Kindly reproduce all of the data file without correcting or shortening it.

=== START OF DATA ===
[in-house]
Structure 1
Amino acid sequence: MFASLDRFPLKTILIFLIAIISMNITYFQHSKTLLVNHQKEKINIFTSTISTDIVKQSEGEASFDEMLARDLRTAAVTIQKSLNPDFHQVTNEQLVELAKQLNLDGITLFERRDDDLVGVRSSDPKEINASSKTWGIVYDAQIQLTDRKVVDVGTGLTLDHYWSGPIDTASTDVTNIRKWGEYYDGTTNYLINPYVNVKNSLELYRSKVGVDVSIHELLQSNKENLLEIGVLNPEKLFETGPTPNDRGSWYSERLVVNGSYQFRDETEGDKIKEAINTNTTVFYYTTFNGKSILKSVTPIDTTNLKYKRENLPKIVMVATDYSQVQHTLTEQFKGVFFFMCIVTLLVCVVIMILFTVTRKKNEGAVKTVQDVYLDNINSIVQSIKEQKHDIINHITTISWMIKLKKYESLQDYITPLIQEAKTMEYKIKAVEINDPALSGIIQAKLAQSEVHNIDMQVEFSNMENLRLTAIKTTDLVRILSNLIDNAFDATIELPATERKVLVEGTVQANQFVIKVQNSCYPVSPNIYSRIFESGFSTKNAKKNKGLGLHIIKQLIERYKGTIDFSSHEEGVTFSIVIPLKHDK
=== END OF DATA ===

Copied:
[in-house]
Structure 1
Amino acid sequence: MFASLDRFPLKTILIFLIAIISMNITYFQHSKTLLVNHQKEKINIFTSTISTDIVKQSEGEASFDEMLARDLRTAAVTIQKSLNPDFHQVTNEQLVELAKQLNLDGITLFERRDDDLVGVRSSDPKEINASSKTWGIVYDAQIQLTDRKVVDVGTGLTLDHYWSGPIDTASTDVTNIRKWGEYYDGTTNYLINPYVNVKNSLELYRSKVGVDVSIHELLQSNKENLLEIGVLNPEKLFETGPTPNDRGSWYSERLVVNGSYQFRDETEGDKIKEAINTNTTVFYYTTFNGKSILKSVTPIDTTNLKYKRENLPKIVMVATDYSQVQHTLTEQFKGVFFFMCIVTLLVCVVIMILFTVTRKKNEGAVKTVQDVYLDNINSIVQSIKEQKHDIINHITTISWMIKLKKYESLQDYITPLIQEAKTMEYKIKAVEINDPALSGIIQAKLAQSEVHNIDMQVEFSNMENLRLTAIKTTDLVRILSNLIDNAFDATIELPATERKVLVEGTVQANQFVIKVQNSCYPVSPNIYSRIFESGFSTKNAKKNKGLGLHIIKQLIERYKGTIDFSSHEEGVTFSIVIPLKHDK